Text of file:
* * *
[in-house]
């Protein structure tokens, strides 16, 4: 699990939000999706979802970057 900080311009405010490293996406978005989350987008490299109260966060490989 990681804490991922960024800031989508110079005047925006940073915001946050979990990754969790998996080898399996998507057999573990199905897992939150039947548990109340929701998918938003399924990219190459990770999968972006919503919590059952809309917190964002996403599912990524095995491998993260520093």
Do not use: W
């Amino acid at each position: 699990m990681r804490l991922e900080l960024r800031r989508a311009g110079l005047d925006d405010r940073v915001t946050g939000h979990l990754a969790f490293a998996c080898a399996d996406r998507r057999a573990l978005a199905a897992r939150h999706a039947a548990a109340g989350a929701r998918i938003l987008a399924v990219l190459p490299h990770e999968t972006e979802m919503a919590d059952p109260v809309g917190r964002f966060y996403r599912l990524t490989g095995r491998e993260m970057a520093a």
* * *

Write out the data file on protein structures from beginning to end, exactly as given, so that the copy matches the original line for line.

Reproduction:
[in-house]
């Protein structure tokens, strides 16, 4: 699990939000999706979802970057 900080311009405010490293996406978005989350987008490299109260966060490989 990681804490991922960024800031989508110079005047925006940073915001946050979990990754969790998996080898399996998507057999573990199905897992939150039947548990109340929701998918938003399924990219190459990770999968972006919503919590059952809309917190964002996403599912990524095995491998993260520093």
Do not use: W
């Amino acid at each position: 699990m990681r804490l991922e900080l960024r800031r989508a311009g110079l005047d925006d405010r940073v915001t946050g939000h979990l990754a969790f490293a998996c080898a399996d996406r998507r057999a573990l978005a199905a897992r939150h999706a039947a548990a109340g989350a929701r998918i938003l987008a399924v990219l190459p490299h990770e999968t972006e979802m919503a919590d059952p109260v809309g917190r964002f966060y996403r599912l990524t490989g095995r491998e993260m970057a520093a």